Category Archives: 20th century

1905: An unfortunate sailor is flogged “up and under”

sailor birching

In 1891, English social reformer Henry Salt and several friends set up the Humanitarian League. Active for almost 30 years, the League waged energetic campaigns against animal cruelty, including vivisection, slaughterhouse practices, the fur trade, and blood sports like fox-hunting and deer-stalking.

Salt and his collaborators also lobbied for an end to inhuman practices and conditions like war and militarism, police brutality and corporal punishment in schools, prisons and the military.

In the first years of the 20th century, the League demanded an end to corporal punishment in the Royal Navy, particularly its use of “birchings” or “the cuts” (whippings with bundles of twigs). The Navy conducted hundreds of birchings every year, mostly on young cadets and junior sailors. It was a punishment that combined intense pain and blood letting with public humiliation and an awkward sexual undertone:

“The offender is strapped hand and foot… over the breech of a small gun, his trousers are allowed to fall below the knees. A broad canvas is passed around the middle of his body, and his clothing is strapped up, leaving thighs and buttocks perfectly nude… The strokes are deliberately delivered on the bare flesh, not in rapid succession but with a slight pause between each stroke, making the torture and agony of as lengthy a duration as possible. With each stroke the flesh is seen to turn red, blue and black with bruising. After six or eight strokes the skin usually breaks and copious streams of blood trickle down the unhappy victim’s legs… Splinters of broken birch, wet with blood, whizz and fly in all directions – and not infrequently the exuding excrement of the sufferer…”

Between 1900 and 1905, newspaper correspondents argued ad nauseum over the merits of corporal punishment. In a letter to The Times one flag officer, Vice Admiral Penrose Fitzgerald, described the anti-birching campaign as “nonsense”. “British youths have been birched and caned from time immemorial,” said the admiral, “and yet the race has not turned out badly on the whole”.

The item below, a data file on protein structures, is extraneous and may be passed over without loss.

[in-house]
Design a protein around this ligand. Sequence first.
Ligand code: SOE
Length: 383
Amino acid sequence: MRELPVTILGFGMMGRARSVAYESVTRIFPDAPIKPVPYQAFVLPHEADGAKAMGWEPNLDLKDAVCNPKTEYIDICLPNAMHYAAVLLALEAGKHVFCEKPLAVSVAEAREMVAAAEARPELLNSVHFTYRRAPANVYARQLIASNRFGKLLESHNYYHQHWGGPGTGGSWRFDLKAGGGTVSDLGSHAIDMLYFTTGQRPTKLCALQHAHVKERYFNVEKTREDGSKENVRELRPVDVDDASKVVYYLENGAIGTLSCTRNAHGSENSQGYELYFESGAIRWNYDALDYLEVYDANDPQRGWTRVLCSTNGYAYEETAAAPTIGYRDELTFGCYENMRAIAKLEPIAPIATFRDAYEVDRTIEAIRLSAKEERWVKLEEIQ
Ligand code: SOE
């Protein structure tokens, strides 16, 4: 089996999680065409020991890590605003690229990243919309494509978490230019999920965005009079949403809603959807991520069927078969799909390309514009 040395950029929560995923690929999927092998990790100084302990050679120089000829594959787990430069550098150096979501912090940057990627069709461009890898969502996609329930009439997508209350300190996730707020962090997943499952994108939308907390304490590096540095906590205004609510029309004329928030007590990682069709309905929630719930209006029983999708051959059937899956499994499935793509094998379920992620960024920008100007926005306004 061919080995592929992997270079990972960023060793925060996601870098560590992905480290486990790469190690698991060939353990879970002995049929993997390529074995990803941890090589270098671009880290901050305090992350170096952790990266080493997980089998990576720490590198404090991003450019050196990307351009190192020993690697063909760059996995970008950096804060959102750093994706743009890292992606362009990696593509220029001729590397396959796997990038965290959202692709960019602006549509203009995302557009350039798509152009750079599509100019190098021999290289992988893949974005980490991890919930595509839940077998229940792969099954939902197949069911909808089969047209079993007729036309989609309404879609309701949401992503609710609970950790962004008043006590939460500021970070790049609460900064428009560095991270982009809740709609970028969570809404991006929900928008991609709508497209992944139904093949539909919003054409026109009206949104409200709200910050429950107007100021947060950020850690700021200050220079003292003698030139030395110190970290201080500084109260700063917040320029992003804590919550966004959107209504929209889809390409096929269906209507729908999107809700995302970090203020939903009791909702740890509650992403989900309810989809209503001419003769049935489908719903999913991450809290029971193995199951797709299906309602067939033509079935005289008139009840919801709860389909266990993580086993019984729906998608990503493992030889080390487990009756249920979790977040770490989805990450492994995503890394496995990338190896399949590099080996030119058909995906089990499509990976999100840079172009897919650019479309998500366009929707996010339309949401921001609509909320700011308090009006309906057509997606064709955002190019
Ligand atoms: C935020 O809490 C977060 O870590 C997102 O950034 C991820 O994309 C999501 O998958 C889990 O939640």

On the other hand, many middle-class readers were shocked by graphic accounts of naval birchings and canings. In January 1905 Salt’s journal, The Humanitarian, published an eye-witness account of a Royal Navy birching ‘gone wrong’. When one bircher failed to incite his victim to screams, he became overzealous, aimed ‘up and under’, and landed his birch on a particularly delicate part of the anatomy:

“Towards the completion of the number of strokes, the corporal [carrying out the birching] began to be anxious for his reputation, so he resorted to the unfair and terrible ‘upward’ stroke, but his aim was not true. The poor fellow gave a yell which I shall never forget and fainted at once… Until he had been surgically examined there was no anxiety, but when it was known that no permanent injury had been inflicted, the matter became one for jest among those sufficiently lost to all sense of decency.”

Fortunately, the Humanitarian League’s campaign did have some effect. In 1906 the Royal Navy outlawed the use of the birch, replacing it with a single cane. Under new regulations, canings could only be distributed after a formal hearing and were no longer carried out in public.

By the 1930s there were few canings carried out on seagoing ships. Caning continued to be used on young naval trainees until 1967, when it was abolished altogether.

Sources: The Humanitarian, January 1905 and March 1905. Content on this page is © Alpha History 2019-23. Content may not be republished without our express permission. For more information please refer to our Terms of Use or contact Alpha History.

1910: Mantelet invents the breast douche

Nothing is known about Frenchman Alexis Mantelet – other than the fact he was a man seemingly obsessed with breasts and the cleanliness thereof.

In 1910 and 1927, Mantelet filed two applications for devices to wash the female bosom. The first of these he dubbed the “breast douche”. Pictured below, Mantelet’s “breast douche” was a long hose and tap fitting, connected to a cupping arrangement housing “two or preferably three rings of strong jets”. It was then placed briefly on each breast, while the user adjusted the jets to her liking. According to Mantelet this process achieved: